Linear Distortion: As is becoming typical, we're seeing zooms with fairly high levels of linear distortion, with the camera (and raw converters) then correcting that if you so wish.

Barrel distortion is about 3% at 24mm, and this turns to about 2% pincushion distortion at 70mm. As is typical with this type of result, the "neutral" point is very close to the wide angle setting, somewhere about 28mm; pincushion is already starting to show at 35mm. The distortion is slightly mustached (irregular), but not enough that you can't apply regular changes and get near perfect results.

Most people will want to turn on the distortion corrections in camera shooting JPEG, or use the appropriate corrections in their raw converter. Otherwise, you won't be getting many straight lines with this lens.

Chromatic Aberration: Not terrible and not exceptional. The wider focal lengths clearly show some higher levels of lateral chromatic aberration that will clearly show up in pixel edges if not corrected on the A7rII. At the telephoto end of the lens, I wouldn't worry about chromatic aberration, even on the 42mp sensor bodies.

Unlike a lot of zooms, there's clear longitudinal chromatic aberration on this lens, which shows up clearly on the edges of bokeh at f/2.8. There's also a bit of onion patterning in the bokeh, but overall I'd call the bokeh good. Not as exceptional as some of the out of focus regions you get from the most recent Nikkors, but much better than what you find on most zoom lenses of this specification.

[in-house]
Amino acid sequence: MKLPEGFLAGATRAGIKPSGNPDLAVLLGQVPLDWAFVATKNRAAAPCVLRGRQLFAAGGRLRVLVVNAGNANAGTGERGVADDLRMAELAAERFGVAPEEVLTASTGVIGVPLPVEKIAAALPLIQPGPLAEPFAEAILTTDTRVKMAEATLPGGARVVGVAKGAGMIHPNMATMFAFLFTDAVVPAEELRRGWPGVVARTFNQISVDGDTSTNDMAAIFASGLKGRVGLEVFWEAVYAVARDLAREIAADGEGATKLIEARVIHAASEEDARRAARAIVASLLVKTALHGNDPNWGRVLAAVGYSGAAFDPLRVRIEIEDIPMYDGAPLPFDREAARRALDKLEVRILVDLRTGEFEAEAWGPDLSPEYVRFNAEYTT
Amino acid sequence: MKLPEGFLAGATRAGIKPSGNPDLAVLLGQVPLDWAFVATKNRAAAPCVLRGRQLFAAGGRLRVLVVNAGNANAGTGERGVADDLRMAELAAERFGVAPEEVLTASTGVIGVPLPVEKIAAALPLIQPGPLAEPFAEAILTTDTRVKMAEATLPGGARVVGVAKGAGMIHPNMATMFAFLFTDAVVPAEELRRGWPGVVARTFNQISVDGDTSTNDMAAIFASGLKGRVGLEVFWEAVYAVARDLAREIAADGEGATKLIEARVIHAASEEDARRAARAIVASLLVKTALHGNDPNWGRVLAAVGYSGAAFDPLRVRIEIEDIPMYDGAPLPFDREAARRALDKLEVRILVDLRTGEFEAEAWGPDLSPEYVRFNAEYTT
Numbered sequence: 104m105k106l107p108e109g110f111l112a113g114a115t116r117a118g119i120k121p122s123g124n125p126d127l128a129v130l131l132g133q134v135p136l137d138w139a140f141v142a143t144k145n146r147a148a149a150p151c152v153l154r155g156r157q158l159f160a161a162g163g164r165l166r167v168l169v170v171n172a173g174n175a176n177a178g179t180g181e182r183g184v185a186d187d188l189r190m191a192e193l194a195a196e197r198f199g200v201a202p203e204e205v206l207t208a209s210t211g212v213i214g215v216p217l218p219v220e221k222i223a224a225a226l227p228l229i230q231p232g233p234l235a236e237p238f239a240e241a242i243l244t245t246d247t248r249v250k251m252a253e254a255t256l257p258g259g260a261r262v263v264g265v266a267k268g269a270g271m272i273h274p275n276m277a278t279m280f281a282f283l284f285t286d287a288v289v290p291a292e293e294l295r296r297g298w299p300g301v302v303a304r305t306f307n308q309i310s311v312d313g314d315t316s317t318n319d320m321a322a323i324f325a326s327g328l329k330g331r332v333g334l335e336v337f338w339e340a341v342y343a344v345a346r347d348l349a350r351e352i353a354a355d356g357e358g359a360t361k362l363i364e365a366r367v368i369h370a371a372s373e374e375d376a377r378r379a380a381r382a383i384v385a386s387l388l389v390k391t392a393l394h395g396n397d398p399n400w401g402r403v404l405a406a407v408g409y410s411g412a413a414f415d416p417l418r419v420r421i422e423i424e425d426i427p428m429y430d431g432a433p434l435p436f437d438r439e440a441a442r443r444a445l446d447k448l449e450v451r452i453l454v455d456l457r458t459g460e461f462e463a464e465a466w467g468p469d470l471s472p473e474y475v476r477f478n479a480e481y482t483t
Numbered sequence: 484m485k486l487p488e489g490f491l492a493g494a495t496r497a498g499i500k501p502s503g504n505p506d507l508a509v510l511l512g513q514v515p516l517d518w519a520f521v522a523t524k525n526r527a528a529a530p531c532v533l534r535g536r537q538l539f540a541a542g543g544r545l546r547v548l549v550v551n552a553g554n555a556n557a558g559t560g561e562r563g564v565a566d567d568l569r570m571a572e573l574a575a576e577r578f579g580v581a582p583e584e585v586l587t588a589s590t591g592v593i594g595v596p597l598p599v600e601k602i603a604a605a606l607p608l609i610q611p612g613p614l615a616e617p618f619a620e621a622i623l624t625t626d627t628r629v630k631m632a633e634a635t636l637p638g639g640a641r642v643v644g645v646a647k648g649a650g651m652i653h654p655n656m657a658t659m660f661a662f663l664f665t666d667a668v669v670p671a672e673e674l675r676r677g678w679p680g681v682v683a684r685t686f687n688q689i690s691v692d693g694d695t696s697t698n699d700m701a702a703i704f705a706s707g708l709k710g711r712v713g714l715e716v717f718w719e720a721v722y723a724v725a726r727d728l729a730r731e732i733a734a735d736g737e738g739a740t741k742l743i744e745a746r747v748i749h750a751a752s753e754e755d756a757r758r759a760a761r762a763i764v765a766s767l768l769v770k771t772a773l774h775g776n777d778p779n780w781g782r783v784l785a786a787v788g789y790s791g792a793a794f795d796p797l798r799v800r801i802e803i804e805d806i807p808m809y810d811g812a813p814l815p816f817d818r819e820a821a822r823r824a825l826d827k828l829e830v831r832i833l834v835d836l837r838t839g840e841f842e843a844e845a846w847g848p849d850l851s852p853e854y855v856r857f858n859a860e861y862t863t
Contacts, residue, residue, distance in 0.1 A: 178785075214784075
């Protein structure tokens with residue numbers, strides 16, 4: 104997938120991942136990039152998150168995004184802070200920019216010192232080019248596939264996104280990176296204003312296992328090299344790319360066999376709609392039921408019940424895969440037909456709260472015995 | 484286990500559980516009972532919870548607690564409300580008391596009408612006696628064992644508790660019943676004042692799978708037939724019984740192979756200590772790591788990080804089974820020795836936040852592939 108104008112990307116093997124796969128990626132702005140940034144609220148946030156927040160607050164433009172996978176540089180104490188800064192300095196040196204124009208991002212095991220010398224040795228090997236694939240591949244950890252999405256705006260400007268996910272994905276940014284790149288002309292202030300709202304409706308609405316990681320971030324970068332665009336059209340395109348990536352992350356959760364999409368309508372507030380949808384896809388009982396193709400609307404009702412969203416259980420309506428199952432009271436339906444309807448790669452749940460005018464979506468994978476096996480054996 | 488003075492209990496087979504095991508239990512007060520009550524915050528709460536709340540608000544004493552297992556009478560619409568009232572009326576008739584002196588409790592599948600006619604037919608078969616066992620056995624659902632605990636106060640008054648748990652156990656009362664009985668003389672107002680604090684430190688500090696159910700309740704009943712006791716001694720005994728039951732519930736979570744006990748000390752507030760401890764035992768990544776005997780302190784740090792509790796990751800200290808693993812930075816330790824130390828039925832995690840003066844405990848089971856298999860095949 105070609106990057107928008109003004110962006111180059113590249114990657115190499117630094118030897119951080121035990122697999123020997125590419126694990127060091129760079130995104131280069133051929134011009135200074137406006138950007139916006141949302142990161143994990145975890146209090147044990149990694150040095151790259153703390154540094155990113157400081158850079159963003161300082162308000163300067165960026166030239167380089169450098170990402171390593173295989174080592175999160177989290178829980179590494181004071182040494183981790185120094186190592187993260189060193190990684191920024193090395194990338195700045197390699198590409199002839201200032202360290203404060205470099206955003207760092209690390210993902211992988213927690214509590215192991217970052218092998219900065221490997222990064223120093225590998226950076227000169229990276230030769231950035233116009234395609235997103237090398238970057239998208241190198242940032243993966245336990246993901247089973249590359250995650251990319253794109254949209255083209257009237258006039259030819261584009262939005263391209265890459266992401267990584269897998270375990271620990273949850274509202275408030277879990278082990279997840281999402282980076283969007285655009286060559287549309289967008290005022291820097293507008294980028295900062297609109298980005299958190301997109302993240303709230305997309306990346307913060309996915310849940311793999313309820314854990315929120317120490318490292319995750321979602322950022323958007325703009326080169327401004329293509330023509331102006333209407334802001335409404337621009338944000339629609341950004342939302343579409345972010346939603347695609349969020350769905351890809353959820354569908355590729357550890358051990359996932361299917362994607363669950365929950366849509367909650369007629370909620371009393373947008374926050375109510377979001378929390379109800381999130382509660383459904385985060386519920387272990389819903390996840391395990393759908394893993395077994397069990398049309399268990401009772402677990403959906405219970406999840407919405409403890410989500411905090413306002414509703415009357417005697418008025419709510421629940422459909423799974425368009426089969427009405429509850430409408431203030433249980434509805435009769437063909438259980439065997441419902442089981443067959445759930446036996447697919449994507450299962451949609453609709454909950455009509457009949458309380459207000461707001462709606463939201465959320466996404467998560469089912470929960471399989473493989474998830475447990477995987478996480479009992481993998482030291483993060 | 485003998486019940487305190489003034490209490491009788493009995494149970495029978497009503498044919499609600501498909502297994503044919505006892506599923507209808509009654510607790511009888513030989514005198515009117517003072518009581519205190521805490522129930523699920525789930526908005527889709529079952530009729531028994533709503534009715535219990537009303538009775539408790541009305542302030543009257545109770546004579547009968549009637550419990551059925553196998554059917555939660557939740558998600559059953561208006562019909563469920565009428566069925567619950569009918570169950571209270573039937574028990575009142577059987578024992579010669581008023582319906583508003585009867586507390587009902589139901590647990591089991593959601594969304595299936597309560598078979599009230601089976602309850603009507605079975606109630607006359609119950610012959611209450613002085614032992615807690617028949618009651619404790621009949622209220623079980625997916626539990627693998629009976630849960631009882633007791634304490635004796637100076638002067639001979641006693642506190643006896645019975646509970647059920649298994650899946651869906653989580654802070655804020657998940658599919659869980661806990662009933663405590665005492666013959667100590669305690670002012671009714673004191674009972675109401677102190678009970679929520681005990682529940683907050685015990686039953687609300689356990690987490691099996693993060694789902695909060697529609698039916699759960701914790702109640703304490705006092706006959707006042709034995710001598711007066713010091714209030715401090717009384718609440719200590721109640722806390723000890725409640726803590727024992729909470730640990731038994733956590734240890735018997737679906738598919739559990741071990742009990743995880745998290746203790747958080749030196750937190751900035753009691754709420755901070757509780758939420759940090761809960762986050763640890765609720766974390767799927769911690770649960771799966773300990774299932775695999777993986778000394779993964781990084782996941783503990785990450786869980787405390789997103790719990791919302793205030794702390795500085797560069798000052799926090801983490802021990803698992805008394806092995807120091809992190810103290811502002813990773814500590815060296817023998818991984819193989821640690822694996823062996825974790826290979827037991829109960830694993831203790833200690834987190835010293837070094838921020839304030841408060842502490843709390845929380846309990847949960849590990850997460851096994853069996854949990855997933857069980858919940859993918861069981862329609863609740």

Final Words
The real question you have to ask at 24-70mm is which of the following two do you value most: (1) corner sharpness, (2) maximum aperture, (3) size/weight, and (4) price. If you haven't guessed, the 24-70mm f/2.8GM is what you buy if you value #1 and #2 over the others. The 24-70mm f/4 Zeiss is what you buy if you value #3 and #4 over the others. Heaven help you if you value #1 and #3, or #2 and #4 the most ;~). Some things aren't possible.

The 24-70mm f/2.8 is easy to recommend as long as you don't mind the size/weight and the price. It's definitely one of Sony's better FE efforts, and it has a nice balance of traits for a fast mid-range zoom.

Despite my comments about corner sharpness, there's not a 24-70mm f/2.8 on the market from anyone that doesn't have some issues with the transition from wide angle optics to normal optics to telephoto optics. Of all the zoom lenses to design, the wide-to-telephoto ones are the toughest to get perfect, as you're juggling so many competing factors.

Sony got this one just about right. It's as "right" as Nikon's 24-70mm f/2.8E, for example, only slightly different (emphasizing center over corners, while Nikon deemphasized center for corners). Said another way, I'd put this Sony 24-70mm up against any other 24-70mm from anyone and by happy. We'd see some slight differences in optical priorities in the results, but only slight.

In short, Sony sought to make a state-of-the-art 24-70mm f/2.8 for the FE mount, and they achieved that. If I were shooting PJ/sports with the A9 every day, this lens would be in my bag, for sure.